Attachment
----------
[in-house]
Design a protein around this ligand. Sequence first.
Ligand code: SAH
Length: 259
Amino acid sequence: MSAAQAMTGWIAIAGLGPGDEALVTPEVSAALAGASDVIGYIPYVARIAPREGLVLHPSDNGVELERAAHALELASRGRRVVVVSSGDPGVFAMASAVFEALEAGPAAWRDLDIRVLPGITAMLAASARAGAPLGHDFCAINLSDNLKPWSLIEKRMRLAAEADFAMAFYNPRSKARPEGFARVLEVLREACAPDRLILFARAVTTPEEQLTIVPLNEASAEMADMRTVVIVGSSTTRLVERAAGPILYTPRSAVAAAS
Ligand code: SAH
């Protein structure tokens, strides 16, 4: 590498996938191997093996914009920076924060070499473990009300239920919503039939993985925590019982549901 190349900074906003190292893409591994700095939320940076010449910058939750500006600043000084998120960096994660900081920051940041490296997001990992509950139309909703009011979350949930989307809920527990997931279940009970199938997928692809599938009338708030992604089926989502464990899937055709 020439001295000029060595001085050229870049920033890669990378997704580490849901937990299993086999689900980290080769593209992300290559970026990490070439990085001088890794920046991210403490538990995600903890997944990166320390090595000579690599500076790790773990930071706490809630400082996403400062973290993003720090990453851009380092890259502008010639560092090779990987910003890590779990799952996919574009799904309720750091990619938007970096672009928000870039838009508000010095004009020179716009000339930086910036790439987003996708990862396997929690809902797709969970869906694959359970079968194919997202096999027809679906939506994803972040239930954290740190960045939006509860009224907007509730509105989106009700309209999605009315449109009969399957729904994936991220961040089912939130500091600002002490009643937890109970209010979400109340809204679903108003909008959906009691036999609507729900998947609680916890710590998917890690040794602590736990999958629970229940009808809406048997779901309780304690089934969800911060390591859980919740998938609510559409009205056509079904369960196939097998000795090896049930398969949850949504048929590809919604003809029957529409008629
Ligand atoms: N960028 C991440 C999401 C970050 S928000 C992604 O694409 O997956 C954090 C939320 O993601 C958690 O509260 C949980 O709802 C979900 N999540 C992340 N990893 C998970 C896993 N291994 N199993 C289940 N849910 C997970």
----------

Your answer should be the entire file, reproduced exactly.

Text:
[in-house]
Design a protein around this ligand. Sequence first.
Ligand code: SAH
Length: 259
Amino acid sequence: MSAAQAMTGWIAIAGLGPGDEALVTPEVSAALAGASDVIGYIPYVARIAPREGLVLHPSDNGVELERAAHALELASRGRRVVVVSSGDPGVFAMASAVFEALEAGPAAWRDLDIRVLPGITAMLAASARAGAPLGHDFCAINLSDNLKPWSLIEKRMRLAAEADFAMAFYNPRSKARPEGFARVLEVLREACAPDRLILFARAVTTPEEQLTIVPLNEASAEMADMRTVVIVGSSTTRLVERAAGPILYTPRSAVAAAS
Ligand code: SAH
């Protein structure tokens, strides 16, 4: 590498996938191997093996914009920076924060070499473990009300239920919503039939993985925590019982549901 190349900074906003190292893409591994700095939320940076010449910058939750500006600043000084998120960096994660900081920051940041490296997001990992509950139309909703009011979350949930989307809920527990997931279940009970199938997928692809599938009338708030992604089926989502464990899937055709 020439001295000029060595001085050229870049920033890669990378997704580490849901937990299993086999689900980290080769593209992300290559970026990490070439990085001088890794920046991210403490538990995600903890997944990166320390090595000579690599500076790790773990930071706490809630400082996403400062973290993003720090990453851009380092890259502008010639560092090779990987910003890590779990799952996919574009799904309720750091990619938007970096672009928000870039838009508000010095004009020179716009000339930086910036790439987003996708990862396997929690809902797709969970869906694959359970079968194919997202096999027809679906939506994803972040239930954290740190960045939006509860009224907007509730509105989106009700309209999605009315449109009969399957729904994936991220961040089912939130500091600002002490009643937890109970209010979400109340809204679903108003909008959906009691036999609507729900998947609680916890710590998917890690040794602590736990999958629970229940009808809406048997779901309780304690089934969800911060390591859980919740998938609510559409009205056509079904369960196939097998000795090896049930398969949850949504048929590809919604003809029957529409008629
Ligand atoms: N960028 C991440 C999401 C970050 S928000 C992604 O694409 O997956 C954090 C939320 O993601 C958690 O509260 C949980 O709802 C979900 N999540 C992340 N990893 C998970 C896993 N291994 N199993 C289940 N849910 C997970």